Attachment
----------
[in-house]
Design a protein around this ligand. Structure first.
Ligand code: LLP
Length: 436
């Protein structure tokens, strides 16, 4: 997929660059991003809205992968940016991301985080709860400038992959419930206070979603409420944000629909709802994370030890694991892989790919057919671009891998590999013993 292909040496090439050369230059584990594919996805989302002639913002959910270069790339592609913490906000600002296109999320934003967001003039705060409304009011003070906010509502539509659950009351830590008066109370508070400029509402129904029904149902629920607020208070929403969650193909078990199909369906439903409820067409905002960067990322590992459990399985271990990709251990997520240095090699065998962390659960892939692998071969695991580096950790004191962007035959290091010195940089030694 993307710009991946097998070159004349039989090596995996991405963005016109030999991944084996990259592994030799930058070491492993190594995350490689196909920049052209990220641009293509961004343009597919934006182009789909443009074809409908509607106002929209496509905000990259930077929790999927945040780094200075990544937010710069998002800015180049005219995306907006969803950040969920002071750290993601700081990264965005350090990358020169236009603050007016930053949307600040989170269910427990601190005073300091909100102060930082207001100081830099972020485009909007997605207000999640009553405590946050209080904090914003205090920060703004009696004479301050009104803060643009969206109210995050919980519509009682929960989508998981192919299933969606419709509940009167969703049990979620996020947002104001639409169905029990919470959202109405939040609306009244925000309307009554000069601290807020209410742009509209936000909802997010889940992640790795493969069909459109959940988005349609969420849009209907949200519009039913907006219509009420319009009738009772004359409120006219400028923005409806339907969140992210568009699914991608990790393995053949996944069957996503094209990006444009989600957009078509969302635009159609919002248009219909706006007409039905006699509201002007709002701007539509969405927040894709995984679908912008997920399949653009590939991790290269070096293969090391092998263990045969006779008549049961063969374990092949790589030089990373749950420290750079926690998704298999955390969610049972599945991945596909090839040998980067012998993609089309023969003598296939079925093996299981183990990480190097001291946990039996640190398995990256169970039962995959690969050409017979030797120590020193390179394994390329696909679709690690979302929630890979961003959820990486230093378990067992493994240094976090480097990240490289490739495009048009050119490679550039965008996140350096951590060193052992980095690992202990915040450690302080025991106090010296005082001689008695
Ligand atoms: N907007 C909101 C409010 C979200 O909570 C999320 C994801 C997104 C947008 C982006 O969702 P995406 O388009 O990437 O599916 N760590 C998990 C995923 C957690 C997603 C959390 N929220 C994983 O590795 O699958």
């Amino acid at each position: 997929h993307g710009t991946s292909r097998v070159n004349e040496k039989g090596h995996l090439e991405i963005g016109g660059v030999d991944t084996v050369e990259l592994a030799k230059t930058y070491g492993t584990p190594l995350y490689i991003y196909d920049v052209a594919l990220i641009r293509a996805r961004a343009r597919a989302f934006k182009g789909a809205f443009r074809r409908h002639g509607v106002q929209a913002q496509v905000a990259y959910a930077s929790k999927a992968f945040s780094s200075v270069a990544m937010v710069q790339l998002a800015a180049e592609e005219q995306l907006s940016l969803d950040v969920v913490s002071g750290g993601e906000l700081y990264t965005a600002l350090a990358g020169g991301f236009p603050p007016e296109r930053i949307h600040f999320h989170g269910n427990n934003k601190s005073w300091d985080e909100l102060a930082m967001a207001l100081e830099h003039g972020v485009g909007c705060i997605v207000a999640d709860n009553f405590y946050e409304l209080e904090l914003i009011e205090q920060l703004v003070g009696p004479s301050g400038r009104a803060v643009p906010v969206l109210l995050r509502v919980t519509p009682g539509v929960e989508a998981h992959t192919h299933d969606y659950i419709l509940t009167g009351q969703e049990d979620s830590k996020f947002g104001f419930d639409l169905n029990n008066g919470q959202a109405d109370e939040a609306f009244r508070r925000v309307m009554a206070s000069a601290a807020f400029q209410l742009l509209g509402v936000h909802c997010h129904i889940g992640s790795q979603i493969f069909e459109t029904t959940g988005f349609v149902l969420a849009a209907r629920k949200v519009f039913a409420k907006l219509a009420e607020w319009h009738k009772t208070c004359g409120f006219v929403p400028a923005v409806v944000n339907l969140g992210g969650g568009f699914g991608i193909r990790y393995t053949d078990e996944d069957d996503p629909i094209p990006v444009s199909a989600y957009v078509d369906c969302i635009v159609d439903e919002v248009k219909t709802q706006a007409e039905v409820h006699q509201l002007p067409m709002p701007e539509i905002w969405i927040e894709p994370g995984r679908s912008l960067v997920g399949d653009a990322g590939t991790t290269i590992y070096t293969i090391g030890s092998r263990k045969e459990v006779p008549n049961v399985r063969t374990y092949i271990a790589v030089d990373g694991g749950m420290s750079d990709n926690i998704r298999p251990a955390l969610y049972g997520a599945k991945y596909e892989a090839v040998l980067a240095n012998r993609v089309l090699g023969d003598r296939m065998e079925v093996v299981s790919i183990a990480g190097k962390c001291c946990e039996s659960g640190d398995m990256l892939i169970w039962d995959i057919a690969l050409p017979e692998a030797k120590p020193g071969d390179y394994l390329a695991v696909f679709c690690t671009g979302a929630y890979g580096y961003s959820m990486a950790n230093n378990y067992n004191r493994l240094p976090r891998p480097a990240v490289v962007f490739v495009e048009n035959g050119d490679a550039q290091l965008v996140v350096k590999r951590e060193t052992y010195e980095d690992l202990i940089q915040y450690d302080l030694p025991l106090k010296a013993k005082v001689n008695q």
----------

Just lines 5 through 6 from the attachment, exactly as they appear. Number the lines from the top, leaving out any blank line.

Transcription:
């Protein structure tokens, strides 16, 4: 997929660059991003809205992968940016991301985080709860400038992959419930206070979603409420944000629909709802994370030890694991892989790919057919671009891998590999013993 292909040496090439050369230059584990594919996805989302002639913002959910270069790339592609913490906000600002296109999320934003967001003039705060409304009011003070906010509502539509659950009351830590008066109370508070400029509402129904029904149902629920607020208070929403969650193909078990199909369906439903409820067409905002960067990322590992459990399985271990990709251990997520240095090699065998962390659960892939692998071969695991580096950790004191962007035959290091010195940089030694 993307710009991946097998070159004349039989090596995996991405963005016109030999991944084996990259592994030799930058070491492993190594995350490689196909920049052209990220641009293509961004343009597919934006182009789909443009074809409908509607106002929209496509905000990259930077929790999927945040780094200075990544937010710069998002800015180049005219995306907006969803950040969920002071750290993601700081990264965005350090990358020169236009603050007016930053949307600040989170269910427990601190005073300091909100102060930082207001100081830099972020485009909007997605207000999640009553405590946050209080904090914003205090920060703004009696004479301050009104803060643009969206109210995050919980519509009682929960989508998981192919299933969606419709509940009167969703049990979620996020947002104001639409169905029990919470959202109405939040609306009244925000309307009554000069601290807020209410742009509209936000909802997010889940992640790795493969069909459109959940988005349609969420849009209907949200519009039913907006219509009420319009009738009772004359409120006219400028923005409806339907969140992210568009699914991608990790393995053949996944069957996503094209990006444009989600957009078509969302635009159609919002248009219909706006007409039905006699509201002007709002701007539509969405927040894709995984679908912008997920399949653009590939991790290269070096293969090391092998263990045969006779008549049961063969374990092949790589030089990373749950420290750079926690998704298999955390969610049972599945991945596909090839040998980067012998993609089309023969003598296939079925093996299981183990990480190097001291946990039996640190398995990256169970039962995959690969050409017979030797120590020193390179394994390329696909679709690690979302929630890979961003959820990486230093378990067992493994240094976090480097990240490289490739495009048009050119490679550039965008996140350096951590060193052992980095690992202990915040450690302080025991106090010296005082001689008695
Ligand atoms: N907007 C909101 C409010 C979200 O909570 C999320 C994801 C997104 C947008 C982006 O969702 P995406 O388009 O990437 O599916 N760590 C998990 C995923 C957690 C997603 C959390 N929220 C994983 O590795 O699958």